As these two belong to the ornamental fish species, it is evident that the decision can be confusing. Let’s find out the best aquarium fish that meet your requirements.
Koi and Goldfish belong to the carp family. One of the significant differences between Koi vs Goldfish is that Koi consists of a group of carp fish belonging to the Cyprinid family. Carp is a group of oily freshwater fishes found in various parts of the world. They are usually consumed but are considered as invasive species in parts of Africa, Australia, and the USA.
Koi is an informal group Amur carp (Cyprinus rubrofuscus) known for its brilliant color patterns. It is usually kept as decorative/ornamental fish in outdoor or garden ponds. The Koi originates from parts of Japan and is widely distributed in eastern Asia.
Koi are distinguished by their color, scales, and pattern. Popular color patterns of Koi include black, blue, cream, orange, red, and white. There is an infinite possibility of color variation.
Koi grows larger than Goldfish with a maximum length of 3.5 feet. Because of their size, it is not suggestible for indoor aquariums. Yet you can house them if you can provide a large aquarium with enough room for the fish to swim.
Due to increased breeding techniques, multiple categories of Koi are recognized depending on their color patterns. The standard groups are Kohaku, Taisho Sanshoku, and Showa Sanshoku.
Remember that Koi is a subspecies of Amur Carp that are domesticated for their colors. If Koi is left to breed freely, they will return to their original color within fewer generations.
Goldfish is also a carp but is smaller than Koi. It can grow to a maximum length of one foot. In ancient China, a natural mutation resulted in gold color carp. Since then, selective breeding led to a wide range of varieties in Goldfish.
Unlike Koi, Goldfish vary significantly in its size, shape, fin configuration, and color. You can find various combinations of each feature in a single fish. Popular Goldfish colors include orange, yellow, black, white, red, white, and brown.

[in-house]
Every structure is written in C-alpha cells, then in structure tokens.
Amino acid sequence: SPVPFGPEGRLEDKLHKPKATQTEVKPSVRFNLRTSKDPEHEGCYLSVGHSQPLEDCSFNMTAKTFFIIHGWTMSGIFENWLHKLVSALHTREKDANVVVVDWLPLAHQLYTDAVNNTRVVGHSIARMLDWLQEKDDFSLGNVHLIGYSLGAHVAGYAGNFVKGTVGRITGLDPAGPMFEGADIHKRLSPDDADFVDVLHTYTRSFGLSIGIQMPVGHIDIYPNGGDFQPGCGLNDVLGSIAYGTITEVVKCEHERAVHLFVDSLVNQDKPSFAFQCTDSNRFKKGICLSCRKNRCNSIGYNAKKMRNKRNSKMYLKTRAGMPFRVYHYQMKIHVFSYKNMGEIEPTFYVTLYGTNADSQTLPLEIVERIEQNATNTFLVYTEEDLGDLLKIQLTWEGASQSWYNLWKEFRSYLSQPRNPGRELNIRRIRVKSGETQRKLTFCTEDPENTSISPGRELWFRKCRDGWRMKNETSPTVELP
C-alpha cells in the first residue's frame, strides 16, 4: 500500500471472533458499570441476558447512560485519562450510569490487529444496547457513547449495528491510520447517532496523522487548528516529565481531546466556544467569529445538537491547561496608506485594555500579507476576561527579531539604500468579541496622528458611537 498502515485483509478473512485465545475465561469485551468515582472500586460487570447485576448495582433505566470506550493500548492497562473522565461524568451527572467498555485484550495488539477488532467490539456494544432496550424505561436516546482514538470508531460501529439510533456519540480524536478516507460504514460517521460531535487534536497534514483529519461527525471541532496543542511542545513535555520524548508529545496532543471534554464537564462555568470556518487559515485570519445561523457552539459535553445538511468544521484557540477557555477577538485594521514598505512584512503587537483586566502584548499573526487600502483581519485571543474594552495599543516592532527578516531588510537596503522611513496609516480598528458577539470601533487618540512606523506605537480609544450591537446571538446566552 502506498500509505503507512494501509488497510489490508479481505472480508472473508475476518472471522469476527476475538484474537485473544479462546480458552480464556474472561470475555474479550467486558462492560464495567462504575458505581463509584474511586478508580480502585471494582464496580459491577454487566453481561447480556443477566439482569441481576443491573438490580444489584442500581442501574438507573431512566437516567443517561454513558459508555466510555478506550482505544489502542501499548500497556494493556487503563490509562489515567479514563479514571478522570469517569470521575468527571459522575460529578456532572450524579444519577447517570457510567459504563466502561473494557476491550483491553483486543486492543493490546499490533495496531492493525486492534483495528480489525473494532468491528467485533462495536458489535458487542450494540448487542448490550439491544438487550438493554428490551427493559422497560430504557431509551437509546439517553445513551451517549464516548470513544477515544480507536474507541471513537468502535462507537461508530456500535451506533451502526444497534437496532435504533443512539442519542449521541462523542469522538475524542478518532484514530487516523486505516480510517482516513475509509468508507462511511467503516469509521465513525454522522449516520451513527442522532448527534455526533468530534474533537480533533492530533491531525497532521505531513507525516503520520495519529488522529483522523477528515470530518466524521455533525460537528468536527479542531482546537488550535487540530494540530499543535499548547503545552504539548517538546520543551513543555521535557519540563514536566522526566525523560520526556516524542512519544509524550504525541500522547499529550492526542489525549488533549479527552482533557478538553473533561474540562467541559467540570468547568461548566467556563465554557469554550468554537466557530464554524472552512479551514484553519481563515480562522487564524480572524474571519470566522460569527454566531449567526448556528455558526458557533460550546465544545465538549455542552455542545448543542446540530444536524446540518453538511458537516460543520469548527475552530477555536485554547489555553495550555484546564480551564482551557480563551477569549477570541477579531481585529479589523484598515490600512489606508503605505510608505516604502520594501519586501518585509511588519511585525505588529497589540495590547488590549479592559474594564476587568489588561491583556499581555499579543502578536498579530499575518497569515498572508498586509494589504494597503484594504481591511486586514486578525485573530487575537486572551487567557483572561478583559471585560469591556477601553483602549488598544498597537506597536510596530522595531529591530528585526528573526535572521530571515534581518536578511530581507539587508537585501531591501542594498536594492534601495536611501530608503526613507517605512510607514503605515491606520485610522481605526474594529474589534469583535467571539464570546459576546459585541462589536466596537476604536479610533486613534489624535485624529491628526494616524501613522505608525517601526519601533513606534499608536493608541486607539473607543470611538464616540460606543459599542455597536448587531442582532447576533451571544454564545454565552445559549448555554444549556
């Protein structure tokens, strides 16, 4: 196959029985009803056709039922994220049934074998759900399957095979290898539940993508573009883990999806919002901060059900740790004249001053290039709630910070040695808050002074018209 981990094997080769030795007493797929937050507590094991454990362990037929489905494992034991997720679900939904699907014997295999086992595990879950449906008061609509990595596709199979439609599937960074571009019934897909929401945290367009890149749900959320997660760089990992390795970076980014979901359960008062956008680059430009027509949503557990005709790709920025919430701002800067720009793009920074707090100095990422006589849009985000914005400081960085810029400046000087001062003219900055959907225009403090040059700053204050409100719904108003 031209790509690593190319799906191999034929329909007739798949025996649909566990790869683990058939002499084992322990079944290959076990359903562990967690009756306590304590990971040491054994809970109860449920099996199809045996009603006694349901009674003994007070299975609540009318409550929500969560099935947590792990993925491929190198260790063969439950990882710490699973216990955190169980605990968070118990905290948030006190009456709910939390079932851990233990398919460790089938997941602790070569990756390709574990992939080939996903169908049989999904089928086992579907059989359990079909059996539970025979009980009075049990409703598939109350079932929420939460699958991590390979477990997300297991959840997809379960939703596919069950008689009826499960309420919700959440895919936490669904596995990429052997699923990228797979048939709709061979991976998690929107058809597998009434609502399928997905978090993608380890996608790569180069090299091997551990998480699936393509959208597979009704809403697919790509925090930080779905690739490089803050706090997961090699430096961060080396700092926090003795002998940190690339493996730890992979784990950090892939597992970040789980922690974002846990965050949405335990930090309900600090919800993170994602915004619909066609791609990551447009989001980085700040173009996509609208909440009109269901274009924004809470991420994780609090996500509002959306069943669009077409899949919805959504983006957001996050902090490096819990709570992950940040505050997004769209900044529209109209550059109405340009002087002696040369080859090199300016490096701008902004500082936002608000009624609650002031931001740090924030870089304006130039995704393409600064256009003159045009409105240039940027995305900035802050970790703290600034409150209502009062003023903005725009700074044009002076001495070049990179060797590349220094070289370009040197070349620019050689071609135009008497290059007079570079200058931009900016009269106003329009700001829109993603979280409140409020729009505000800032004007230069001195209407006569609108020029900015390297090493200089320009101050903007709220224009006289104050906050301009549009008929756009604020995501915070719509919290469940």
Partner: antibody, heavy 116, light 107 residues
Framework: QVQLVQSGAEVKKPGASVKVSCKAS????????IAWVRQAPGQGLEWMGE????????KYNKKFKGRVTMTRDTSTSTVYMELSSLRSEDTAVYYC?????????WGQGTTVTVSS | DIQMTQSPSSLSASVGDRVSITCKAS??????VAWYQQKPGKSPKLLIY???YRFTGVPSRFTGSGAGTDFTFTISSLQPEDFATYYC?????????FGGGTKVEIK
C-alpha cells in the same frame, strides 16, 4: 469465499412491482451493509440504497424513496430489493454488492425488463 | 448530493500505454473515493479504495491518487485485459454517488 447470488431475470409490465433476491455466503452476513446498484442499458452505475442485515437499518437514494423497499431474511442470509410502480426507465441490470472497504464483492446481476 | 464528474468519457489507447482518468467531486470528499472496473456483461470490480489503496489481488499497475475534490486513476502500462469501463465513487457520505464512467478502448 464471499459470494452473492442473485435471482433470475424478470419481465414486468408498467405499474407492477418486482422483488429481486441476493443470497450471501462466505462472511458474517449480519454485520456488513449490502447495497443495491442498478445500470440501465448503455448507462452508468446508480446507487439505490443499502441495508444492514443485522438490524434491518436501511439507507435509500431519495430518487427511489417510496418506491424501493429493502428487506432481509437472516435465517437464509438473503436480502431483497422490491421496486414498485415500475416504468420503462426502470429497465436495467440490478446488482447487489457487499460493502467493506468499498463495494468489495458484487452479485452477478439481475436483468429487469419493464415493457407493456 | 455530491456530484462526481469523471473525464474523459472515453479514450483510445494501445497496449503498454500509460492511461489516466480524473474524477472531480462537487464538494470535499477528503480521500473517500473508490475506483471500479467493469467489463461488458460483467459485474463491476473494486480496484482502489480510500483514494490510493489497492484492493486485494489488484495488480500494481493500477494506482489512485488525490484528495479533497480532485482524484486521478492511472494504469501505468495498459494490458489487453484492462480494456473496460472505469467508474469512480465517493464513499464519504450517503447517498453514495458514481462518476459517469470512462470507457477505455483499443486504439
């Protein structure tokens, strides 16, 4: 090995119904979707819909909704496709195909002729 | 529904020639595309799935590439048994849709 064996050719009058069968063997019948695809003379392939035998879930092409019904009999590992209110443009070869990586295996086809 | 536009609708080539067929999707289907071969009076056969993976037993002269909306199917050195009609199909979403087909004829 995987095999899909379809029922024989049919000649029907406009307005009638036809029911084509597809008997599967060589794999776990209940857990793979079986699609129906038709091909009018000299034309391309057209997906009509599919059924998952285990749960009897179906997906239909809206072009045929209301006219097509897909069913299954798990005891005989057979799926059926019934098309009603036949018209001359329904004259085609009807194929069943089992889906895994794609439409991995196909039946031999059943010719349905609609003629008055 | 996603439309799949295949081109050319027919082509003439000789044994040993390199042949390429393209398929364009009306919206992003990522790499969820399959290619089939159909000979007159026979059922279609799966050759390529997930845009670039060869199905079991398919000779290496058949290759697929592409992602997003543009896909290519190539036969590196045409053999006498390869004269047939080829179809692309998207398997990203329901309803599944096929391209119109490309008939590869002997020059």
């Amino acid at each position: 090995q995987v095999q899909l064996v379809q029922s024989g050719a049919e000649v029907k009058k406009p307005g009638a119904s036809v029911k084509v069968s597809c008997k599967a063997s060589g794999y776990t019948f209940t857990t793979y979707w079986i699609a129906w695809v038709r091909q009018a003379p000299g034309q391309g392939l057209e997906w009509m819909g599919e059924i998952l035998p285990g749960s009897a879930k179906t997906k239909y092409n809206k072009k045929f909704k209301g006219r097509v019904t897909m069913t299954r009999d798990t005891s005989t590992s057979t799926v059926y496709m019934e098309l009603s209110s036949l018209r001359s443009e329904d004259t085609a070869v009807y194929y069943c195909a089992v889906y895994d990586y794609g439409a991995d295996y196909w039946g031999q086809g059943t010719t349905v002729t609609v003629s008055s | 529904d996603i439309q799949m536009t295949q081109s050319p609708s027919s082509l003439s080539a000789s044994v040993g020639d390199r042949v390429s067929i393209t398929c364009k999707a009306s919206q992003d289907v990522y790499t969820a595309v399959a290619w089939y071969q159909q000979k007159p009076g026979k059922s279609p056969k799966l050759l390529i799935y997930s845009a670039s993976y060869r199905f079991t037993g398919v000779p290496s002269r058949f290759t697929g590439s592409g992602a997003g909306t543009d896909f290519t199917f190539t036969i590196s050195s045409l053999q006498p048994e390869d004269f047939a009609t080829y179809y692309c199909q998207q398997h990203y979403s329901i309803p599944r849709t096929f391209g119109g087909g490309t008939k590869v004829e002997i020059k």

Goldfish is extensively studied for its senses, such as vision, hearing, and cognitive abilities. They develop acute social learning skills because of their highly developed intuition. You can observe that the Goldfish can swim to the surface and start mouthing for food when their owner approaches the pond or aquarium.
Due to selective breeding for over 1000 years, there are many varieties of Goldfish. Some fish do not have the 'gold’ color present in the original fish.
Few common types of Goldfish are:
- Common Goldfish
- Black Telescope
Since Goldfish are smaller than Koi, you can house them in an indoor aquarium, and they are trendy indoor aquarium pets. The common Goldfish is a hardy one and is less prone to diseases than other varieties.
With proper care, Koi can survive as long as 50 years and Goldfish for ten years. Their lifespan depends on the level of care you provide. Most goldfishes are victims of space abuse. They are kept in tiny pots with limited space to swim. It affects their metabolism and also makes them susceptible to various diseases.
Koi and Goldfish exhibit sexual dimorphism. This topic is discussed in detail in further sections.
As mentioned earlier, both species exhibit sexual dimorphism. It is a bit difficult to distinguish a male koi from a female. Both genders in Koi tend to be in similar size and color patterns. But with some careful examination, you can differentiate a male Koi from the female.
A male Koi will have a slender or elongated body, whereas females are round. The pectoral fin of males is pointed, and in females, it is rounded. A male Koi will chase the female during the breeding season, and it can be another feature to distinguish between both genders.
You will not have these complications with Goldfish. It is easy to distinguish a male gold from the female. The females are larger than males, and their vents (gills) are more extensive than their counterparts. Another significant difference is the pectoral fins in males are larger, thick, and sharper.
Fertilization is external in Koi and Goldfish. The eggs are released by the females that are fertilized by one or more males. Koi eggs hatch within one week, whereas it takes 48 – 72 hours in Goldfish. After hatching, they undergo several changes and attain their final shape in a year.